Chi Zhang, a resident of Great Neck Estates, usually spends his weekday evenings with his three children, helping them with homework and figure skating training. But, on Monday, March 14, Zhang took off from work early, left his children around 8 o’clock and dashed over to the Great Neck North High School auditorium. It was his first time attending a Great Neck Board of Education meeting.
In the crowded auditorium, Zhang was joined by more than 30 Chinese parents from the community, many of whom brought their sons, daughters and other family members. They all came to witness and commemorate, in Zhang’s words, “a historic moment” in Great Neck’s history—Lunar New Year would be announced as an official school holiday at this meeting.
For many Chinese people around the world, their most treasured memories of growing up revolve around celebrating Lunar New Year with their families each year. Yet, for years, Chinese-American students and their families in Great Neck had to choose between observing such an important holiday and missing school. The Lunar New Year celebration is not limited to Chinese culture as it is also an important holiday in many other Asian cultures.
In January 2016, the Great Neck Chinese Association and the Great Neck Korean Civic Association urged the Great Neck Board of Education to formally recognize Lunar New Year as an official school holiday. Both groups maintained that it would “help honor the cultural heritage of the many Asian Americans living in Great Neck and enhance the cultural riches and diversity of Great Neck.” The Great Neck Teachers Association (GNTA) echoed their sentiments. In their letter to the school board in February, GNTA asserted that Lunar New Year recognition “provides an opportunity to enrich ALL of its students, regardless of their cultural background.”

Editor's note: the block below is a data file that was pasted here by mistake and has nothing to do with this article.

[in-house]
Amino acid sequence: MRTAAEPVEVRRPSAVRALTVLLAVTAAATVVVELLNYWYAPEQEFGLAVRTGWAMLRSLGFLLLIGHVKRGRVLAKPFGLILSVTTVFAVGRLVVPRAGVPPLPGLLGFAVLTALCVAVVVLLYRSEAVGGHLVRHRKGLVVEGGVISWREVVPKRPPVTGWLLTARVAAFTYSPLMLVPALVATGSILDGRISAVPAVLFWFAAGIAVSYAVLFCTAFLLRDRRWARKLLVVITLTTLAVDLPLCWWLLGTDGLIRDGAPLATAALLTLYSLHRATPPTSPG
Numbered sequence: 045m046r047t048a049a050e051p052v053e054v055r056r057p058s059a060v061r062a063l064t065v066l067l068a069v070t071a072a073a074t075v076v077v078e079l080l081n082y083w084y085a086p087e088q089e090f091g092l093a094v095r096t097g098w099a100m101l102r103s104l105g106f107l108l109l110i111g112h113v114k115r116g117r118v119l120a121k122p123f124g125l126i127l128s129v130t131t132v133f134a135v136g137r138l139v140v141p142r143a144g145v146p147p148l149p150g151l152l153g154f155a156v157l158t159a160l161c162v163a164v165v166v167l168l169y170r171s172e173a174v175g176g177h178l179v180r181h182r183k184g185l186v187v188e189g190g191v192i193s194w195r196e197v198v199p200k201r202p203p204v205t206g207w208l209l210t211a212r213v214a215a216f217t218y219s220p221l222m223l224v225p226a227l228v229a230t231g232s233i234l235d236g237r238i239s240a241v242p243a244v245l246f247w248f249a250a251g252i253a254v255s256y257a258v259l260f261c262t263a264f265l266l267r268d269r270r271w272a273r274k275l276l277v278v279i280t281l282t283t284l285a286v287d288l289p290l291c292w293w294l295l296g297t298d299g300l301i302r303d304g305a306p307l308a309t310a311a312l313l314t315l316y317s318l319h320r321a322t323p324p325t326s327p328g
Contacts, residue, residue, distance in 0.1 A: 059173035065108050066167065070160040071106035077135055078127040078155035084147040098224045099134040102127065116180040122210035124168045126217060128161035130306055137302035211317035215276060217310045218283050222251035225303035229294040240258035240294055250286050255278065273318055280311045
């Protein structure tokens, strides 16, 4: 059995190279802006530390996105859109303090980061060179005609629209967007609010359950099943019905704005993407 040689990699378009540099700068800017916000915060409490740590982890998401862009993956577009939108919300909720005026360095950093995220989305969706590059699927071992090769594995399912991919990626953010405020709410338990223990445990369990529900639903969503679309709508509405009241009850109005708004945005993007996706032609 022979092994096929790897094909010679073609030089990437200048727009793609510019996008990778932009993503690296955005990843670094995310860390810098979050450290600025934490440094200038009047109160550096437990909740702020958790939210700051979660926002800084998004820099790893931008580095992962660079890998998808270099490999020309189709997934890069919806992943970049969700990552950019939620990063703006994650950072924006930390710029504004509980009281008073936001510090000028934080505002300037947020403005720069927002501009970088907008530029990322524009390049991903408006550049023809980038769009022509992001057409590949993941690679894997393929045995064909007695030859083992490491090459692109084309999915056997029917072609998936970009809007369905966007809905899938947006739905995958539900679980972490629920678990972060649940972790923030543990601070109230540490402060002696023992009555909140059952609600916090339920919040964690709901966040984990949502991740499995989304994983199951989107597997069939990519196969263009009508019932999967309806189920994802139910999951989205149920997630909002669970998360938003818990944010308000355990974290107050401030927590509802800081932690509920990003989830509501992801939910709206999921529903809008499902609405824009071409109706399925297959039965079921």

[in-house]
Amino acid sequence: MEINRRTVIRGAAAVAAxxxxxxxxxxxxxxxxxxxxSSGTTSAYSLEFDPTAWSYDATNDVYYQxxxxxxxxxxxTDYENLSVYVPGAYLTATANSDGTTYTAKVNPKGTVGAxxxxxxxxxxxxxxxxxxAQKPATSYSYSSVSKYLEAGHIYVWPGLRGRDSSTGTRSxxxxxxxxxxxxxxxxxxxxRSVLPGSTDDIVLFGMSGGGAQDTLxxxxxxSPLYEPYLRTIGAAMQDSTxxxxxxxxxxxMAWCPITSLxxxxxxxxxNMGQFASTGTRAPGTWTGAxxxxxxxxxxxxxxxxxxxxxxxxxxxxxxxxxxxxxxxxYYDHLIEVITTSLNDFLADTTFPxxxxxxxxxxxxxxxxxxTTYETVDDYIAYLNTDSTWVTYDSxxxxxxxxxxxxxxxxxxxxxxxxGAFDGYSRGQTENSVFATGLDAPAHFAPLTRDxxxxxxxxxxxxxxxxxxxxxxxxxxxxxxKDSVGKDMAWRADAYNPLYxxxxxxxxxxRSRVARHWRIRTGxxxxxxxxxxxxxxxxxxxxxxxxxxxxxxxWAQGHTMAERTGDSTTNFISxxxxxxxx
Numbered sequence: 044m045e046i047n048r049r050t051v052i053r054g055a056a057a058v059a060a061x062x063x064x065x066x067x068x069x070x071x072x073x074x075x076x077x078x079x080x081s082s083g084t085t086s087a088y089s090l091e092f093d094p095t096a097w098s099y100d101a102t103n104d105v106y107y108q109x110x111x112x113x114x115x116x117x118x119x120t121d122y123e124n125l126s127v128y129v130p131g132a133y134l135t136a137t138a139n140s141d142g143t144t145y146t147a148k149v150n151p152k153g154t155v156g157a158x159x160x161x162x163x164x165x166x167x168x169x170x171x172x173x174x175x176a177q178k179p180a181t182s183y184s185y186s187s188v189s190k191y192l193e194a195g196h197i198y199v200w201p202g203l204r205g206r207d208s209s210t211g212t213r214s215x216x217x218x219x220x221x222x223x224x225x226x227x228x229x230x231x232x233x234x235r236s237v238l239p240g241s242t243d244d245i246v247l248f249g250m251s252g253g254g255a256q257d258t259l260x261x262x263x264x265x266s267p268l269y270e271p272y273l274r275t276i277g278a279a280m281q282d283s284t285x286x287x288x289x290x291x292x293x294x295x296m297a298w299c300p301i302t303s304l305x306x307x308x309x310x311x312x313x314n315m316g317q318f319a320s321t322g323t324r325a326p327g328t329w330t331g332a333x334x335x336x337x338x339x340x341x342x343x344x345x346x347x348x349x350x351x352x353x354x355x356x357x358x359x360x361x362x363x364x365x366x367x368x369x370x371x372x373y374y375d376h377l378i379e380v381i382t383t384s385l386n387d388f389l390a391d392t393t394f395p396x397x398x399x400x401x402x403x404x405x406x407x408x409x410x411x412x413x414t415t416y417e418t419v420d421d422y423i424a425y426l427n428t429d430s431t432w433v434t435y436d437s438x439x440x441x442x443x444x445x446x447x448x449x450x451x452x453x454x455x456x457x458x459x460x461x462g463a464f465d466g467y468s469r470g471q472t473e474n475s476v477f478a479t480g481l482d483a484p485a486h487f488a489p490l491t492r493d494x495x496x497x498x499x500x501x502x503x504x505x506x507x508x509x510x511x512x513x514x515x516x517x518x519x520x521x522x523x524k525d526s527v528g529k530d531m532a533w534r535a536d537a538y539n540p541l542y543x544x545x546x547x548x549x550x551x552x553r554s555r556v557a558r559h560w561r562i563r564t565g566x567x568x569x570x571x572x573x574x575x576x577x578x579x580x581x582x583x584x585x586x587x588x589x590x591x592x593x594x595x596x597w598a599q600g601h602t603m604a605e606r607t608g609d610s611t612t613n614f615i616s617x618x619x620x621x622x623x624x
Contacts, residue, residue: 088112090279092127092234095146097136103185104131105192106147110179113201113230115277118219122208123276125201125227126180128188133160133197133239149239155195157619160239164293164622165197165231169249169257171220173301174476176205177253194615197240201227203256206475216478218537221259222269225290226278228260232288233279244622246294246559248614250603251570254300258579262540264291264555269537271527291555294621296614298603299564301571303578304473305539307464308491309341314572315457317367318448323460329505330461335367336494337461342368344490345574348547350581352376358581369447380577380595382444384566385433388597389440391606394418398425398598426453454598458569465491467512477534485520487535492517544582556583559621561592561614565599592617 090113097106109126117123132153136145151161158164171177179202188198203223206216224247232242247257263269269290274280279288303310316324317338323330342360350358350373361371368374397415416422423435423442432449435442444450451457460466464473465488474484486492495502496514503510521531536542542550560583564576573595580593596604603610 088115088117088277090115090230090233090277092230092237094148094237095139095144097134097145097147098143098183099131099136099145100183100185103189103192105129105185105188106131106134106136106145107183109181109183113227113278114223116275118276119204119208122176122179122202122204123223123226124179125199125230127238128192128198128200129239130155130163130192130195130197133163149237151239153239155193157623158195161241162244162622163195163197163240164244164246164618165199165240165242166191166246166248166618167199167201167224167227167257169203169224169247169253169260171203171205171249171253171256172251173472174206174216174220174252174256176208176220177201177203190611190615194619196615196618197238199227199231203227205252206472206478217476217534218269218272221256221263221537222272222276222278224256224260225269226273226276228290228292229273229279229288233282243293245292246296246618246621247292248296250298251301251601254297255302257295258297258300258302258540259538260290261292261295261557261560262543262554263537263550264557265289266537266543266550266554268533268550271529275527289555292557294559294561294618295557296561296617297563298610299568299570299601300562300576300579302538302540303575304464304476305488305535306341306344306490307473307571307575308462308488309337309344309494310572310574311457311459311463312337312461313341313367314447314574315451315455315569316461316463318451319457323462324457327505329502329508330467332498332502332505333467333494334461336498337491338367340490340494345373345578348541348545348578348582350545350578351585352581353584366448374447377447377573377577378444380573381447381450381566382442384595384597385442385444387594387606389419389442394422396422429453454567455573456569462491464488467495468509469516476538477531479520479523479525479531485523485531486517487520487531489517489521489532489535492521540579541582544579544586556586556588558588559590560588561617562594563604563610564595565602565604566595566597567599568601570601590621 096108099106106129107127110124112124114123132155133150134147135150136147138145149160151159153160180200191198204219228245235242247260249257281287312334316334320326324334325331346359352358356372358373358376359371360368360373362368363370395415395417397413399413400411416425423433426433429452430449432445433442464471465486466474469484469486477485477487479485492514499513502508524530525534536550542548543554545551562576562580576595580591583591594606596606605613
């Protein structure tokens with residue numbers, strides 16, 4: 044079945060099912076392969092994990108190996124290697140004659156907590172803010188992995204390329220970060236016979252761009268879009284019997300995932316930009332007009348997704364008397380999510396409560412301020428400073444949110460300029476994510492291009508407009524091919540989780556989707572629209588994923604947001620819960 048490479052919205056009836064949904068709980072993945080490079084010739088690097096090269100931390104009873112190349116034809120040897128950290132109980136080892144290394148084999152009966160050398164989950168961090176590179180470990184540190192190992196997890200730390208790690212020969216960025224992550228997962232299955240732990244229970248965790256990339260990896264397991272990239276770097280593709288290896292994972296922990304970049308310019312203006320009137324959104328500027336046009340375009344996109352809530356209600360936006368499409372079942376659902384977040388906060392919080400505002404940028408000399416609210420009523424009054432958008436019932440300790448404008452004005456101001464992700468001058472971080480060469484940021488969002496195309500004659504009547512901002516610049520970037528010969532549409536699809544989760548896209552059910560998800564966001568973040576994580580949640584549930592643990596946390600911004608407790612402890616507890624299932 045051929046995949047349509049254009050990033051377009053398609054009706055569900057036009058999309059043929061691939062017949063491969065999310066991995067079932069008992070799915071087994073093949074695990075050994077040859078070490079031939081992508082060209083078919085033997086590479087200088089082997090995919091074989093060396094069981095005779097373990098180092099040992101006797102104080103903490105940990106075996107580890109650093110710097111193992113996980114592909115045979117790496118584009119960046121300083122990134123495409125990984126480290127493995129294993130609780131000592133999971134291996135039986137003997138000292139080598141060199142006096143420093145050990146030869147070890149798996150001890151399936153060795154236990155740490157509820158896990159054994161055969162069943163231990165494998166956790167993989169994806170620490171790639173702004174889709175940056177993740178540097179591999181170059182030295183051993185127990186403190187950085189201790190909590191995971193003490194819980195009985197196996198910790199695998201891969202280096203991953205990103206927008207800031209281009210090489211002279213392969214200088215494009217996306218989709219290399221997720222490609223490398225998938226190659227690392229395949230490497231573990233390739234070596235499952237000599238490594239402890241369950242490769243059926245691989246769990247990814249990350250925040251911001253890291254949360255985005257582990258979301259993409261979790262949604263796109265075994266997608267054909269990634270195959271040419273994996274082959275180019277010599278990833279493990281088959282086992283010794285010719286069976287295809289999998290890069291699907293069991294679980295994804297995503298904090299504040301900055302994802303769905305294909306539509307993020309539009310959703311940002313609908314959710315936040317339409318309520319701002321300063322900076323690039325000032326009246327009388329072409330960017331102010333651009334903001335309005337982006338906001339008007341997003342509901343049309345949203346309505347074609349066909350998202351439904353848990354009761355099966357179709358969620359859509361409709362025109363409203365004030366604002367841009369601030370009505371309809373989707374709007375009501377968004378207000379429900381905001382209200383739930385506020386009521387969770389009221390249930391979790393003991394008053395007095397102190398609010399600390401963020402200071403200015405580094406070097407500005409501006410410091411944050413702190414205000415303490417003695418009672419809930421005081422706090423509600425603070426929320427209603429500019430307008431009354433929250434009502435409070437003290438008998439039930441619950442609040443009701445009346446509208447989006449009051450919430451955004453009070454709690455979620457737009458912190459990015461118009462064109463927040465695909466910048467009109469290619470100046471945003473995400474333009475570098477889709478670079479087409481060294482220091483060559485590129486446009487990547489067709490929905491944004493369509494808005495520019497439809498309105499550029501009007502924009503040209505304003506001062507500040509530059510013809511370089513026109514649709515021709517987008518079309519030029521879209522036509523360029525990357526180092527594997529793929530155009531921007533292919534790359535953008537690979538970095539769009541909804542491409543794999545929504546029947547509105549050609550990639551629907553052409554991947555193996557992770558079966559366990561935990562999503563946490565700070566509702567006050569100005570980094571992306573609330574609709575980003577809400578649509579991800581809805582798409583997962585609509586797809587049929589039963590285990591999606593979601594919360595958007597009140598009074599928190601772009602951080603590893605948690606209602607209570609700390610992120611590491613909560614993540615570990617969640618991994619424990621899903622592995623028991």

The school board did not approve the Lunar New Year petition initially. It noted that further investigation into the district student body ratio was needed. Moreover, it also had to solve scheduling conflicts while meeting the state requirements for school days. It was not until a few days before the board’s March meeting that the Chinese American community was notified of its decision to add Lunar New Year as a recognized school holiday.
Great Neck Public Schools Superintendent Dr. Teresa Prendergast called this a “right move” and that it was “her pleasure to have supported this decision.” Her investigation revealed that Asian students currently represent 34 percent of Great Neck’s overall school district enrollment. She concluded that “there’s no question this decision by our board of education reflects the changing demographics of our community, and the important significance of this holiday for the residents of Great Neck.”
Chi Zhang was probably correct in calling this March board of education meeting a historic event. When Board President Barbara Berkowitz was delivering the official announcement to make Lunar New Year a school holiday, the front row of the auditorium was surrounded by journalists, a rare phenomenon for a school board meeting. The Great Neck Record, SingTao Daily, World Journal, Newsday and FiOS1 were among the many news media that sent its reporters to this event.
After all, the announcement made Great Neck the first district on Long Island to honor Lunar New Year as an official school holiday. It is rumored that many other districts on Long Island, such as Jericho which also has a growing Asian American population, had been closely watching the developments in Great Neck.
When Zhang went home after the meeting that night, his children were already fast asleep. He posted the videos he took at the meeting to various online Great Neck Chinese Association (GNCA) groups, whose members shared his excitement. GNCA expressed the community’s joy and gratitude in the thank-you letters that it sent out to the board of education, Great Neck Teachers Association and the superintendent.
To read about the communities’ pleas at the previous board meeting, click here.
For Zhang, Lunar New Year recognition was especially significant because it made him feel a sense of finally belonging here in Great Neck. Zhang’s future plan for the Lunar New Year celebration is to take a day off from work and stay at home with his family, as the weather is often too cold for his family to go anywhere. Zhang said, “We will just celebrate the Big Year* like how I did when I was growing up in Beijing.”
*In Zhang’s dialect, Big Year is an endearing name for Lunar New Year.